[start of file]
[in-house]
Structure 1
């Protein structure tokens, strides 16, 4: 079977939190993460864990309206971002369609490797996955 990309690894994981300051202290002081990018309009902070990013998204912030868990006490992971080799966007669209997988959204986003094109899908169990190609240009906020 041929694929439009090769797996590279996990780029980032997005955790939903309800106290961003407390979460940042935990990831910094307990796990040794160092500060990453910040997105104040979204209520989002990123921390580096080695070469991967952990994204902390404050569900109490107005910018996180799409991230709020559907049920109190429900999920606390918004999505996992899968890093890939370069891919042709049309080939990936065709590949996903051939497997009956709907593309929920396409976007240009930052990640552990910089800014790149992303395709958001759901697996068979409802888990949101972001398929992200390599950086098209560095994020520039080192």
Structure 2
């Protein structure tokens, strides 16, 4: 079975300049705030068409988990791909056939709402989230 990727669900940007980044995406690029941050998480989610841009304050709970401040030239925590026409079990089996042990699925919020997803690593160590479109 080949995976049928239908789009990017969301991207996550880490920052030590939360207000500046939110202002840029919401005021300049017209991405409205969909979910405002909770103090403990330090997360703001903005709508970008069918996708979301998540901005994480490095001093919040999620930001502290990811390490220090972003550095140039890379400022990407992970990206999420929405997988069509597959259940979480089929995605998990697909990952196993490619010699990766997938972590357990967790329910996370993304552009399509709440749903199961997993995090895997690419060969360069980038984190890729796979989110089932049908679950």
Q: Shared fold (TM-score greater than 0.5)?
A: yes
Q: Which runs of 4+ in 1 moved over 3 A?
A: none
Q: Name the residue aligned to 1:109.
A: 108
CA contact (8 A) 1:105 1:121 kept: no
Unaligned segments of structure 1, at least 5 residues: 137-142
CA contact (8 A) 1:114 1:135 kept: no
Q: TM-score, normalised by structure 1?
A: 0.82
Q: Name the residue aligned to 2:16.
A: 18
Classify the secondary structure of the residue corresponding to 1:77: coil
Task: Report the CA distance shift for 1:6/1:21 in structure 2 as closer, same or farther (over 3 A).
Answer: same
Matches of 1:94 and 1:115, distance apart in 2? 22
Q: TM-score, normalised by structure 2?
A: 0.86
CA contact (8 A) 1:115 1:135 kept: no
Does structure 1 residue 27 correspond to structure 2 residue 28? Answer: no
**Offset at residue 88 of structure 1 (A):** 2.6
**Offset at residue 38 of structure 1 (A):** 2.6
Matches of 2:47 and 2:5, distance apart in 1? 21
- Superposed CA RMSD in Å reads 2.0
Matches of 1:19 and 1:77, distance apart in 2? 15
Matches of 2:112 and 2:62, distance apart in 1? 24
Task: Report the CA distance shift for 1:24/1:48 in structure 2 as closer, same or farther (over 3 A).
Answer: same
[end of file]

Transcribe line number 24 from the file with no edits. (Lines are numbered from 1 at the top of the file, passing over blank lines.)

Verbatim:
A: 0.86